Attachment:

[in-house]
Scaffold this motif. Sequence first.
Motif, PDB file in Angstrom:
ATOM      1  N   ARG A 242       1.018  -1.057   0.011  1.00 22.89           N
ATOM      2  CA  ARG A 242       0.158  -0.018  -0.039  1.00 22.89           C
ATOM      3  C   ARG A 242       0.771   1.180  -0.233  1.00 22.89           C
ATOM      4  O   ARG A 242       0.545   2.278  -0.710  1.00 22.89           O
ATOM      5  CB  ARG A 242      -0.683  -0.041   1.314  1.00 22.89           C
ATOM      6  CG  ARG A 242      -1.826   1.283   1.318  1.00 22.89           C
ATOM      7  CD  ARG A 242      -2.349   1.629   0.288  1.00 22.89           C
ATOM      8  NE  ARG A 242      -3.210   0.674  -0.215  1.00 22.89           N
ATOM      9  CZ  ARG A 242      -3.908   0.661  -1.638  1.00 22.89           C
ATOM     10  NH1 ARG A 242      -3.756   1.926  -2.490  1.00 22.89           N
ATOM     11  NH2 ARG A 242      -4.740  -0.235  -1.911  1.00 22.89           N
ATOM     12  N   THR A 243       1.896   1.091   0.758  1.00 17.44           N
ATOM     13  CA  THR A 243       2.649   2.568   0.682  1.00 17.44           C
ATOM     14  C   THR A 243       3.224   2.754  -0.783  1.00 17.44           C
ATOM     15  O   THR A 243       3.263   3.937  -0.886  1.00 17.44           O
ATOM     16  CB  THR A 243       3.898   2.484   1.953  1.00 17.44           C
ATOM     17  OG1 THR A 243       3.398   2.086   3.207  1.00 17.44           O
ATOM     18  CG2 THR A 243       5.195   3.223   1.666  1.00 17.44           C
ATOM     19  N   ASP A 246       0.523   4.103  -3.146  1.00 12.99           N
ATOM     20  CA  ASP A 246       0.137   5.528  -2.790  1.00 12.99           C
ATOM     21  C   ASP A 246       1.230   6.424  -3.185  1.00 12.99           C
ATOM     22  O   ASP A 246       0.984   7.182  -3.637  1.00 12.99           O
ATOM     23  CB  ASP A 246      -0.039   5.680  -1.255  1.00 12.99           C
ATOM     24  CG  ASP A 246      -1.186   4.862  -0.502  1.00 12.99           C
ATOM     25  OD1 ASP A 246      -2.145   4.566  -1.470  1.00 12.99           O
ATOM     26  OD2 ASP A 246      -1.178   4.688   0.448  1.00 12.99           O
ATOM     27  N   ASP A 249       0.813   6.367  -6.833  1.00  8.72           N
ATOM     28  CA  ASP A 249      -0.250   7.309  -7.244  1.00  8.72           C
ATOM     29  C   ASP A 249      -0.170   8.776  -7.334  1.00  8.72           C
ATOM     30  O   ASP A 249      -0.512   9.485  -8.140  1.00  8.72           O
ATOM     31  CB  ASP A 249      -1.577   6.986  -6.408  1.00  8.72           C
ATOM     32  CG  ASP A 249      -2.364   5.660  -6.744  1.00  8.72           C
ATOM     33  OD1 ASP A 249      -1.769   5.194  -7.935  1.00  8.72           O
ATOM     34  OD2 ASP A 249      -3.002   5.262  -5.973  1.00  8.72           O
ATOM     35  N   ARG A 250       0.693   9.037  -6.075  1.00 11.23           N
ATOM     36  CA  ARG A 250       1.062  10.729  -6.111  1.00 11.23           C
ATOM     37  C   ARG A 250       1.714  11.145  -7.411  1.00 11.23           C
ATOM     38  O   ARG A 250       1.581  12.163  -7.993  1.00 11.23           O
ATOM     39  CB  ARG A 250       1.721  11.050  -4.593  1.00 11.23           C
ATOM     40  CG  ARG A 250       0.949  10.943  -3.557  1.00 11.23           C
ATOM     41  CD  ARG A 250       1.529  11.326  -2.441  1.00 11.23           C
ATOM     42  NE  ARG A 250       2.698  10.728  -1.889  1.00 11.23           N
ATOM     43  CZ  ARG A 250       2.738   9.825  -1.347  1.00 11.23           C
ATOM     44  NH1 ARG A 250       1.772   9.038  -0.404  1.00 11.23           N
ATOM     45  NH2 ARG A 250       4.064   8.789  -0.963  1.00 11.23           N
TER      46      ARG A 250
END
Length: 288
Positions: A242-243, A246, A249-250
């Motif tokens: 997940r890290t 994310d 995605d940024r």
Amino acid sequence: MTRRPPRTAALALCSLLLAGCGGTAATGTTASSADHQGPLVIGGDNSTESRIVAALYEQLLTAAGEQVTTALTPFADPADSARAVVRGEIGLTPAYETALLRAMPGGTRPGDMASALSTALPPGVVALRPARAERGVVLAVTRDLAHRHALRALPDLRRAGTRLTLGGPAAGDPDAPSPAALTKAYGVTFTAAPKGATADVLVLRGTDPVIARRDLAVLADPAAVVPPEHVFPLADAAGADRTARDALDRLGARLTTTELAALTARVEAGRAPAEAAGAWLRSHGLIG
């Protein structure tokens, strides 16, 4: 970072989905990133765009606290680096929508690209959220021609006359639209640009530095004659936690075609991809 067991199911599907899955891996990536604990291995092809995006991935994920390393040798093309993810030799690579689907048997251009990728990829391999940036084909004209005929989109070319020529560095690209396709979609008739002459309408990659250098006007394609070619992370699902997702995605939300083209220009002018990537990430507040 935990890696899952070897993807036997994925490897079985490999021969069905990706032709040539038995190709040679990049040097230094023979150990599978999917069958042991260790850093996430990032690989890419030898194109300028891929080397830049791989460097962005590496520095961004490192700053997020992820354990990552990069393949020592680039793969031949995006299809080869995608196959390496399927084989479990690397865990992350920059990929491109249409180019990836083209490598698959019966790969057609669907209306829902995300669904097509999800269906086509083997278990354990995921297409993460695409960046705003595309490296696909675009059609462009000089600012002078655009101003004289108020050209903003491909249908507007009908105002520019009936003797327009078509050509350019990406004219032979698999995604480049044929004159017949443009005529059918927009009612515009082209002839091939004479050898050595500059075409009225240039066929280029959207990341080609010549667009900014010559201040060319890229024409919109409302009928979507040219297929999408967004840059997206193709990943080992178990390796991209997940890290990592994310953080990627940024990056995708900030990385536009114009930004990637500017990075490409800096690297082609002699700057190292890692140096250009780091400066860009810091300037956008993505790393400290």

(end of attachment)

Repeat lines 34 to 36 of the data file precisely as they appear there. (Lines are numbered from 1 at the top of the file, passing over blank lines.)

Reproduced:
ATOM     31  CB  ASP A 249      -1.577   6.986  -6.408  1.00  8.72           C
ATOM     32  CG  ASP A 249      -2.364   5.660  -6.744  1.00  8.72           C
ATOM     33  OD1 ASP A 249      -1.769   5.194  -7.935  1.00  8.72           O